We get asked this a lot. As health professionals and scientists we sat around chatting about this and we couldn't come up with any reasons running is bad for you (excluding serious medical conditions). So let's dispel a few of the myths and give you some tips on how to get started, how to keep going and what to do if you have an injury.
The first thing to explain is that regular exercise is essential for optimal health and well being. Now, it doesn't have to be running. When people at our clinic ask what exercise they should be doing, we turn the question around and ask you , "What do you like doing?" , exercise should be enjoyable. There is no "best" exercise for back pain, flexibility, fitness etc. So although this blog is about running don't feel its what you must do. Now, back to running. Here is your basic checklist.
Why do it? Here is a shortlist of the major benefits (the blog would go on forever if we listed all the positives).
- Improved cardiovascular fitness, a strong and efficient heart and lungs.
- Improved musculo-skeletal fitness. Running improves the strength and health of your joints and cartilage and also the strength and efficiency of your muscles.
- Running can boost your immune system
- Running can reduce symptoms of depression and improve your mood.
- It promotes better sleep
- Helps to keep you at a healthy weight, reduces risks of diabetes and other weight related conditions
- It cheap! No memberships required, just a pair of shoes.
- It's Quick! You don't need to run a lot to get the benefits, just go regularly.
- No special training required, just put one foot in front of the other.
- Isn't running bad for my knees, hips and ankles? No! A running program done sensibly has been found to have a protective effect on your joints, so the exact opposite of what many people think.
- It's too stressful on the body and heart. Again, training sensibly will have a strengthening and protective effect on your organs.
- All that pounding is bad for my back! Untrue. Studies have now shown improved health of the discs in our back in regular runners.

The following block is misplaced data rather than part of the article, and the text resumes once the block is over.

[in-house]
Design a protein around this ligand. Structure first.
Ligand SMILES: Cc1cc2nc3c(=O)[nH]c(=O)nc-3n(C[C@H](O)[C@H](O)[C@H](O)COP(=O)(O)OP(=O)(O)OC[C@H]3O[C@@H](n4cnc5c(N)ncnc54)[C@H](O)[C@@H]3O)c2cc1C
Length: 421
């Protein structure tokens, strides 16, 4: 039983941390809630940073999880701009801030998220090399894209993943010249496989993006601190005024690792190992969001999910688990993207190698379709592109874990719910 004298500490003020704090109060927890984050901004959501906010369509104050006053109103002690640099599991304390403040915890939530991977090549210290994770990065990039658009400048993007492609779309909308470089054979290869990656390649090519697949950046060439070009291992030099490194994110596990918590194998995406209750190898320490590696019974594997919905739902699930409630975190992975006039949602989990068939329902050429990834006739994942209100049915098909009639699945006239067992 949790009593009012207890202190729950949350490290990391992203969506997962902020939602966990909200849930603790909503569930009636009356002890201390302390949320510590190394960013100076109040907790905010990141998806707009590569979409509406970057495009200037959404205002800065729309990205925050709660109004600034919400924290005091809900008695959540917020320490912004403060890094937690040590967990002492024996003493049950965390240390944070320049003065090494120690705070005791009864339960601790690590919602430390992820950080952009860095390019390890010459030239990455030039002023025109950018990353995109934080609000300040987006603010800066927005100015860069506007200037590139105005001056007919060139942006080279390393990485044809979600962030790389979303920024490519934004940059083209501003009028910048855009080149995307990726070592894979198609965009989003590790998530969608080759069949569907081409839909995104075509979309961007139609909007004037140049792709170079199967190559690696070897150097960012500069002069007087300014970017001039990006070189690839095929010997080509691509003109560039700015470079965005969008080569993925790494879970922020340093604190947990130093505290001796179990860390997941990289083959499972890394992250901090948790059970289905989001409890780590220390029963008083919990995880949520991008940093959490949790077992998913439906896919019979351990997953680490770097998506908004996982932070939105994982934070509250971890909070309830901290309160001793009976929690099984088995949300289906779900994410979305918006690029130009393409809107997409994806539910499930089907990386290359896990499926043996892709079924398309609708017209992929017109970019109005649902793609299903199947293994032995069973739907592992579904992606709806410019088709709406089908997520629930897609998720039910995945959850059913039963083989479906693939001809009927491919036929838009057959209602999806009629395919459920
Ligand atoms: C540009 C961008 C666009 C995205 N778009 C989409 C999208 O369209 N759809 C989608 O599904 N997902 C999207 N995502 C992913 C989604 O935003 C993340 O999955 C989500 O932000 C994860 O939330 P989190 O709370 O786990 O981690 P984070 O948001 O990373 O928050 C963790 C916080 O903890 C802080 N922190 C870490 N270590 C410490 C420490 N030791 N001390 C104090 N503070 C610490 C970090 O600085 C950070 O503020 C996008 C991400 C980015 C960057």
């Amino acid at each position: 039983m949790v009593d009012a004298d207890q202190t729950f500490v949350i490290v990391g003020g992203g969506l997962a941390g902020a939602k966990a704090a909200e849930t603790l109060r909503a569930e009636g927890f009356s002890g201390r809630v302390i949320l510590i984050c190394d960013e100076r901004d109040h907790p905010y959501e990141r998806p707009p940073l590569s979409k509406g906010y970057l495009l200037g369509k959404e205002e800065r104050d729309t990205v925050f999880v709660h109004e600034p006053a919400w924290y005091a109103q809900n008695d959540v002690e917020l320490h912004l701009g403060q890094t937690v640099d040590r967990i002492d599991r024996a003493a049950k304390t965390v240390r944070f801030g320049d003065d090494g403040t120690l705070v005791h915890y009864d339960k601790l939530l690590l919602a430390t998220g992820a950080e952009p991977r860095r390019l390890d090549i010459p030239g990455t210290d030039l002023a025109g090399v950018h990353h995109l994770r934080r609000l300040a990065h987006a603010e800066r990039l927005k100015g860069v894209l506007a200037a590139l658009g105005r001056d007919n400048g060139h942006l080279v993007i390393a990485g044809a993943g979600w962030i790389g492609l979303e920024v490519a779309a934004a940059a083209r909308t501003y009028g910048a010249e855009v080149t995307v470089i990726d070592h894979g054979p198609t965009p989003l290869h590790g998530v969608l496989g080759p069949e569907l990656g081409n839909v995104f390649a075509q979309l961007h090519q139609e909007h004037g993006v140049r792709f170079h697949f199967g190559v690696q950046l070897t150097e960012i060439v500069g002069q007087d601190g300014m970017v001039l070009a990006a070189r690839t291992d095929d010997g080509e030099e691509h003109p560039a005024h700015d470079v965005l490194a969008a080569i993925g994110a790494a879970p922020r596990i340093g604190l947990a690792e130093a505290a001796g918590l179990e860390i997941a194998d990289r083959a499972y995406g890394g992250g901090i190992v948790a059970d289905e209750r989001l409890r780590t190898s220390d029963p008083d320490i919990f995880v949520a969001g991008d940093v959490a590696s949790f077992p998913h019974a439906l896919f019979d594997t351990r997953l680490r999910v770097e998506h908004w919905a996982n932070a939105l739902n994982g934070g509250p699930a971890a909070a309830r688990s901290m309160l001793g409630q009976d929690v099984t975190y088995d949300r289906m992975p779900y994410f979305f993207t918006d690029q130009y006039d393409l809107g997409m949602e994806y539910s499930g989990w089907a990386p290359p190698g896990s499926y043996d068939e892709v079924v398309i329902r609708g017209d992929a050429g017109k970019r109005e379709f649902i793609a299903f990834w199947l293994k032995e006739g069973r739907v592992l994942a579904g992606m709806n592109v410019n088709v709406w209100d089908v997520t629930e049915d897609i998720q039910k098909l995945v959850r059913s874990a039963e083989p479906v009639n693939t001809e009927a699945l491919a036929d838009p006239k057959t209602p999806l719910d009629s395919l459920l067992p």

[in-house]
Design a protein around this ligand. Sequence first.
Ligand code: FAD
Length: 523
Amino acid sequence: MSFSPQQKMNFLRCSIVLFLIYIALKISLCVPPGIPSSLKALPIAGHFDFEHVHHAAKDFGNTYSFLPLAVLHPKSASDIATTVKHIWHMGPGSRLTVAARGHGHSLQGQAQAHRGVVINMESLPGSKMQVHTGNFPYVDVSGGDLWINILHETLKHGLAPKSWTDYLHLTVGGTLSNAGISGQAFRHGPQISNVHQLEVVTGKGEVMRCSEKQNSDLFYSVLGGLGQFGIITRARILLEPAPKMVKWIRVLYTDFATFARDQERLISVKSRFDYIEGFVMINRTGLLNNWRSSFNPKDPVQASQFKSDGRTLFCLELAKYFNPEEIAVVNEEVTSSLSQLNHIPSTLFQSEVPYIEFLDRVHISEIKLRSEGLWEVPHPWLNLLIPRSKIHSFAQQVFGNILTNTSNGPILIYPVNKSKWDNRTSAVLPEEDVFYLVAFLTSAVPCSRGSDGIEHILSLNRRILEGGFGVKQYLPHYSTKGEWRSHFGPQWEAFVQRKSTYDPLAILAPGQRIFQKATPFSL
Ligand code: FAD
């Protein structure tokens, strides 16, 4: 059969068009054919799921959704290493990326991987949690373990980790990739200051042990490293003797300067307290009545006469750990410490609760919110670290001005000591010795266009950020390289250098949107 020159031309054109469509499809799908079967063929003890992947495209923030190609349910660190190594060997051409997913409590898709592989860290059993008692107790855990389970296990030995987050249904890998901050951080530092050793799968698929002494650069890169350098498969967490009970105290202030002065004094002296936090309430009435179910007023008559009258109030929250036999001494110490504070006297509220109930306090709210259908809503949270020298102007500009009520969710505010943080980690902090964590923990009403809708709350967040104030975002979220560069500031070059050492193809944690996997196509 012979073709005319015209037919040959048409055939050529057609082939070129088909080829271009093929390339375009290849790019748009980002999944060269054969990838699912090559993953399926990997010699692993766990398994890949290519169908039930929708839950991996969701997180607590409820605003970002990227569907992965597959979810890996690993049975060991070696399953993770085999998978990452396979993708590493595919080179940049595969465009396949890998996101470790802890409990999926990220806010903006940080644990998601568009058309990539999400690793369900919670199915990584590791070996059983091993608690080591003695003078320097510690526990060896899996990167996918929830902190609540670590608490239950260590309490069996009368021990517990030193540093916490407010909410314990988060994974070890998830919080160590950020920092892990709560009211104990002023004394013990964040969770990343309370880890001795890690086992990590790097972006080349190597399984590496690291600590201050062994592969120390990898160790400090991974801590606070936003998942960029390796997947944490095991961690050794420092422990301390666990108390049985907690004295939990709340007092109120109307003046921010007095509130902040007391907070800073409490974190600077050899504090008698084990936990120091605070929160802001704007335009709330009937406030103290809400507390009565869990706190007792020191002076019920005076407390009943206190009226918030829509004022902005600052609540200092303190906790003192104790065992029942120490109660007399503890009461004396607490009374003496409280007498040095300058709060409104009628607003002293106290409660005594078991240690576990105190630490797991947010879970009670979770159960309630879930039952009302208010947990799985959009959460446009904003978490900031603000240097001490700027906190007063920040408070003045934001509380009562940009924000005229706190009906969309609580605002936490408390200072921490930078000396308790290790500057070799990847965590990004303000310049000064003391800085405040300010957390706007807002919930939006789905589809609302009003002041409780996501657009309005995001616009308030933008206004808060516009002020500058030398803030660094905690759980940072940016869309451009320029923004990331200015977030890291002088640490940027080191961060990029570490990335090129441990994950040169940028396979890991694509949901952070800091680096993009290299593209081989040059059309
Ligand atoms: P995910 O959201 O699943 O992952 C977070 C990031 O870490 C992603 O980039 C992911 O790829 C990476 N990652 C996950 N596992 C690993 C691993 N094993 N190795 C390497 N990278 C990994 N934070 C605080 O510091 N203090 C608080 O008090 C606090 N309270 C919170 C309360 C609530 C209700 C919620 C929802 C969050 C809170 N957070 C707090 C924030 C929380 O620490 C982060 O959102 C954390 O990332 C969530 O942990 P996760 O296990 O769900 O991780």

How do I start?
Good question. This will depend on your level of experience, current fitness levels any ongoing medical issues, previous injuries etc. If your not sure make an appointment with us and we can discuss in detail. If you just want to get going there are a lot of apps around. The "Couch to 5k" is a well known one. There are lots of versions of it when you search the app store. Some better maintained than others. We don't recommend one in particular so check reviews. Basically this is a great program that will track you and take through stages to where you can run 5 kilometres. A combination of walking and jogging is a great place to start. You never know where you might end up.
What About Shoes?
There is a lot of information out there and many different types of running shoes. It doesn't have to be that complicated. You hear words like "cushioning","arch support" and "motion control". There is no best brand or running shoe. All the major athletic shoe companies make good shoes. In one of the largest studies done on running shoes and injury prevention the number one factor that prevented injuries was.... Comfort! So keep it simple. If your shoes are old and you want to start running, get some new ones. If you were happy with your previous model then stick with them. If your heavier or a larger build you may need more cushioning. If your starting out a mid range shoe is fine. Once you have narrowed it down to a couple of pairs, put one model on one foot and the other on the other foot. Let the ultimate comfort be for your final decision. And as a final tip don't change your shoe type radically at first, i.e. say going from a heavy supportive shoe to a lightweight minimal/flexible shoe, or vice versa!
Injuries are a part of any fitness regime. Minimising them is the key and applying the appropriate treatment and rehab when they do occur. Most of the time training errors are the cause of running injuries. Or put simply , overload! Too much intensity, volume, or both. So we carefully look at your training load to see if it relates to your injury and whether you have any underlying weaknesses that may have contributed. A rough rule of thumb is not to increase your total volume or intensity by more than 10-15% in a week. If you need help with an acute or ongoing problem and training advice call us on 9855 0606 or book online today.